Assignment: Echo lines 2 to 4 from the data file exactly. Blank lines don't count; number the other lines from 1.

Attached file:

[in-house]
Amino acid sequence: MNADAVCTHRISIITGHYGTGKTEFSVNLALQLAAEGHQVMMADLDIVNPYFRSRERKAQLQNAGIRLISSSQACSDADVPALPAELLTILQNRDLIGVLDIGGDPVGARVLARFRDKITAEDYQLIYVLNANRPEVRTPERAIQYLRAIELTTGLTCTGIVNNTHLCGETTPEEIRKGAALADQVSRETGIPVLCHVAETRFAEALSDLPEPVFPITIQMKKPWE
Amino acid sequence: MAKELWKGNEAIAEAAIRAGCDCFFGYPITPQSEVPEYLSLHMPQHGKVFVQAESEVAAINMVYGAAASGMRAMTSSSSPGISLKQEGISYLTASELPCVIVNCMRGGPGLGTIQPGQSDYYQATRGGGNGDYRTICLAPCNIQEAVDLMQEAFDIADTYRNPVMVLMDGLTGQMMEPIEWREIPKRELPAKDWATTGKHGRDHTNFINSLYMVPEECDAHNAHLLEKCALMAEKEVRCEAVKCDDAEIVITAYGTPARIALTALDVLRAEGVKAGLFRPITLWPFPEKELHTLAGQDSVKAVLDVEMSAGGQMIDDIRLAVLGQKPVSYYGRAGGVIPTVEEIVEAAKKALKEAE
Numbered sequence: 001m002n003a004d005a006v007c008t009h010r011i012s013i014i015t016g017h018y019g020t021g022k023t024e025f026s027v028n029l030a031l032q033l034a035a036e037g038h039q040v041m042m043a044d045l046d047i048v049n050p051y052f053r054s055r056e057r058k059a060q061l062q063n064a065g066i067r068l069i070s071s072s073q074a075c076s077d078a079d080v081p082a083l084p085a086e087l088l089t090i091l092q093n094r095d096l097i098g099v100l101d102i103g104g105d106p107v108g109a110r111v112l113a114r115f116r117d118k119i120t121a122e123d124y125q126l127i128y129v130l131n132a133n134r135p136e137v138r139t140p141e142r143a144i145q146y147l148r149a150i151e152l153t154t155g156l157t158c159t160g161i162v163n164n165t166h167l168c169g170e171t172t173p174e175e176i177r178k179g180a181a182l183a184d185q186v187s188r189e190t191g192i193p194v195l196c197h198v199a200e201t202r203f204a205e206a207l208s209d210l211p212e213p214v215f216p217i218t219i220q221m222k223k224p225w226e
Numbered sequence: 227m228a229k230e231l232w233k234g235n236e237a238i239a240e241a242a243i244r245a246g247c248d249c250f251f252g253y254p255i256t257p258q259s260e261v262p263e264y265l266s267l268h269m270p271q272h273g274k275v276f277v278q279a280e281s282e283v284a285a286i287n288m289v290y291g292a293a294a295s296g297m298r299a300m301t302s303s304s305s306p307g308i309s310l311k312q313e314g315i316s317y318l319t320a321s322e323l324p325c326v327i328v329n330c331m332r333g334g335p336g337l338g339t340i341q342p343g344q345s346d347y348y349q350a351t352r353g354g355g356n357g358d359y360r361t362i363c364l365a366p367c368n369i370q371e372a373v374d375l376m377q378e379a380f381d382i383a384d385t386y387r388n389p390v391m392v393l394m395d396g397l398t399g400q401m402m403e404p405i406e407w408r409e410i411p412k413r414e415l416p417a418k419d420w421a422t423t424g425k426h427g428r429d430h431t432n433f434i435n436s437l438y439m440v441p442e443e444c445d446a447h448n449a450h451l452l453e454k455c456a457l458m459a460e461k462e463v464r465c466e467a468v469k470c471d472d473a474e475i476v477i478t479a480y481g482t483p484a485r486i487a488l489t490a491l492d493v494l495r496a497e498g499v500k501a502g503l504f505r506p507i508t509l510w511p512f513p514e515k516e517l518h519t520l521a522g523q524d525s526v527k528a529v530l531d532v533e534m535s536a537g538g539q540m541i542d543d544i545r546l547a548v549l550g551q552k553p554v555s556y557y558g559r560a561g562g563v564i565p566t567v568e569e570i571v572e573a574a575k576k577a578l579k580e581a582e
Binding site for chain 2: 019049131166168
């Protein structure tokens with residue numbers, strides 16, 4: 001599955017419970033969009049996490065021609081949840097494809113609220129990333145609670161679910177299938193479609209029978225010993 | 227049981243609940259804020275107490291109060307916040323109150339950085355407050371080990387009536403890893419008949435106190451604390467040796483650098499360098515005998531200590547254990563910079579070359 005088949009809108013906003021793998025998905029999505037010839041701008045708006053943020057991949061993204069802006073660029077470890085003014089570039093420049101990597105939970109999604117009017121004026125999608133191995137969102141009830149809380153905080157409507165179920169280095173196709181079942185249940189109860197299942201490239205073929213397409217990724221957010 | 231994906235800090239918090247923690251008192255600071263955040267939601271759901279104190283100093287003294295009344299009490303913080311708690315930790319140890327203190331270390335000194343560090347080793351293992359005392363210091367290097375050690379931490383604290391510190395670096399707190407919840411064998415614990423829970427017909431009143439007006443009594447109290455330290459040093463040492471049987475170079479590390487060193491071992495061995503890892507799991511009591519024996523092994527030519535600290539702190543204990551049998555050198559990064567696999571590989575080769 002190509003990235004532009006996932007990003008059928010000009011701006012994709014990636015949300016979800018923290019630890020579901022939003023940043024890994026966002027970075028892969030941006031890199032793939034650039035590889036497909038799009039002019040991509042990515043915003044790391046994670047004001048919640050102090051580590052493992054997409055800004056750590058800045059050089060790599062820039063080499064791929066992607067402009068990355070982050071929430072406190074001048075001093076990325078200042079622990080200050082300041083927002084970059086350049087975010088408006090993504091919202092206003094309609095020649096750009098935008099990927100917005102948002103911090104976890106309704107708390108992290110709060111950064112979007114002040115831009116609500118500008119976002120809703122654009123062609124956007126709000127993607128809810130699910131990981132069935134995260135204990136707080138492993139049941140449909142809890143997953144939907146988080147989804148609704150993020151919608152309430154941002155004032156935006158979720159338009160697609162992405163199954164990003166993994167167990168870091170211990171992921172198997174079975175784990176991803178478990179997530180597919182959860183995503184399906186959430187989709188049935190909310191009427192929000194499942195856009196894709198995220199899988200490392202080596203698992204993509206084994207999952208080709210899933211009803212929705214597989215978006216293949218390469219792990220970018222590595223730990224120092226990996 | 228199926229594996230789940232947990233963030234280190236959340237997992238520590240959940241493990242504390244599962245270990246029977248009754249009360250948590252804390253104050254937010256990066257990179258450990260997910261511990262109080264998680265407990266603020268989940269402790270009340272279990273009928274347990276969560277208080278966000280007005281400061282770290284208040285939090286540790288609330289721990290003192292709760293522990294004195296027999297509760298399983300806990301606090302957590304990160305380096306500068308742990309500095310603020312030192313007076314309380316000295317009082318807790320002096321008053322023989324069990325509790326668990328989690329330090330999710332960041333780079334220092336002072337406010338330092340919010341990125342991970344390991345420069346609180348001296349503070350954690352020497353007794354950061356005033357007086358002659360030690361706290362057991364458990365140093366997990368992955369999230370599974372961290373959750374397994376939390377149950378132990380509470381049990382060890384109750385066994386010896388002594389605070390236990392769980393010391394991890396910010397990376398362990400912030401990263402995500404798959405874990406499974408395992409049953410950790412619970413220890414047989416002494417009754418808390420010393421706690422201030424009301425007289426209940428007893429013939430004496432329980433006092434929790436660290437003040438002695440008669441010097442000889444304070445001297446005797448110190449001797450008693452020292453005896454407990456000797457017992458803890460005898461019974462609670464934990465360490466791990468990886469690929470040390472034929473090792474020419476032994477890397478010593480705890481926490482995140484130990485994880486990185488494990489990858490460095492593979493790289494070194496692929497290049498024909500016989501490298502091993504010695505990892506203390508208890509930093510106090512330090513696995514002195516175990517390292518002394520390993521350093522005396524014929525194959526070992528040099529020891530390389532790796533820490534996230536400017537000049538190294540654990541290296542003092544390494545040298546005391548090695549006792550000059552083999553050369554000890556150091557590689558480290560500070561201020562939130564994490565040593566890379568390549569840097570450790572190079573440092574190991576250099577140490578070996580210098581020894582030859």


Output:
Amino acid sequence: MNADAVCTHRISIITGHYGTGKTEFSVNLALQLAAEGHQVMMADLDIVNPYFRSRERKAQLQNAGIRLISSSQACSDADVPALPAELLTILQNRDLIGVLDIGGDPVGARVLARFRDKITAEDYQLIYVLNANRPEVRTPERAIQYLRAIELTTGLTCTGIVNNTHLCGETTPEEIRKGAALADQVSRETGIPVLCHVAETRFAEALSDLPEPVFPITIQMKKPWE
Amino acid sequence: MAKELWKGNEAIAEAAIRAGCDCFFGYPITPQSEVPEYLSLHMPQHGKVFVQAESEVAAINMVYGAAASGMRAMTSSSSPGISLKQEGISYLTASELPCVIVNCMRGGPGLGTIQPGQSDYYQATRGGGNGDYRTICLAPCNIQEAVDLMQEAFDIADTYRNPVMVLMDGLTGQMMEPIEWREIPKRELPAKDWATTGKHGRDHTNFINSLYMVPEECDAHNAHLLEKCALMAEKEVRCEAVKCDDAEIVITAYGTPARIALTALDVLRAEGVKAGLFRPITLWPFPEKELHTLAGQDSVKAVLDVEMSAGGQMIDDIRLAVLGQKPVSYYGRAGGVIPTVEEIVEAAKKALKEAE
Numbered sequence: 001m002n003a004d005a006v007c008t009h010r011i012s013i014i015t016g017h018y019g020t021g022k023t024e025f026s027v028n029l030a031l032q033l034a035a036e037g038h039q040v041m042m043a044d045l046d047i048v049n050p051y052f053r054s055r056e057r058k059a060q061l062q063n064a065g066i067r068l069i070s071s072s073q074a075c076s077d078a079d080v081p082a083l084p085a086e087l088l089t090i091l092q093n094r095d096l097i098g099v100l101d102i103g104g105d106p107v108g109a110r111v112l113a114r115f116r117d118k119i120t121a122e123d124y125q126l127i128y129v130l131n132a133n134r135p136e137v138r139t140p141e142r143a144i145q146y147l148r149a150i151e152l153t154t155g156l157t158c159t160g161i162v163n164n165t166h167l168c169g170e171t172t173p174e175e176i177r178k179g180a181a182l183a184d185q186v187s188r189e190t191g192i193p194v195l196c197h198v199a200e201t202r203f204a205e206a207l208s209d210l211p212e213p214v215f216p217i218t219i220q221m222k223k224p225w226e